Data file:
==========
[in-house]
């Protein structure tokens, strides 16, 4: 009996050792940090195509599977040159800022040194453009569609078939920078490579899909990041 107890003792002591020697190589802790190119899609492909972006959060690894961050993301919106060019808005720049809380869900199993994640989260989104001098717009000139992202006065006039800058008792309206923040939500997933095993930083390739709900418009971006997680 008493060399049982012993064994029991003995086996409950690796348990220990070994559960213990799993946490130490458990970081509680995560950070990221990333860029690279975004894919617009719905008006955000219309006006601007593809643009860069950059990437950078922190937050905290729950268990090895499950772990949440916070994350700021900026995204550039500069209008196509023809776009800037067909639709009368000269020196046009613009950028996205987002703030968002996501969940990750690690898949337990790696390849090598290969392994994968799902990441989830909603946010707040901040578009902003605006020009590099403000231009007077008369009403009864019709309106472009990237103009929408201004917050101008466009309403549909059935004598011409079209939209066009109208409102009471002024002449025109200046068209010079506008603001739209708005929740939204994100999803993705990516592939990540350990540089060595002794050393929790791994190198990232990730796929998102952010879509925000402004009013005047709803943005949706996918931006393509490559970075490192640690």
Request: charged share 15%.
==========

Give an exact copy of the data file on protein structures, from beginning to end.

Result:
[in-house]
């Protein structure tokens, strides 16, 4: 009996050792940090195509599977040159800022040194453009569609078939920078490579899909990041 107890003792002591020697190589802790190119899609492909972006959060690894961050993301919106060019808005720049809380869900199993994640989260989104001098717009000139992202006065006039800058008792309206923040939500997933095993930083390739709900418009971006997680 008493060399049982012993064994029991003995086996409950690796348990220990070994559960213990799993946490130490458990970081509680995560950070990221990333860029690279975004894919617009719905008006955000219309006006601007593809643009860069950059990437950078922190937050905290729950268990090895499950772990949440916070994350700021900026995204550039500069209008196509023809776009800037067909639709009368000269020196046009613009950028996205987002703030968002996501969940990750690690898949337990790696390849090598290969392994994968799902990441989830909603946010707040901040578009902003605006020009590099403000231009007077008369009403009864019709309106472009990237103009929408201004917050101008466009309403549909059935004598011409079209939209066009109208409102009471002024002449025109200046068209010079506008603001739209708005929740939204994100999803993705990516592939990540350990540089060595002794050393929790791994190198990232990730796929998102952010879509925000402004009013005047709803943005949706996918931006393509490559970075490192640690």
Request: charged share 15%.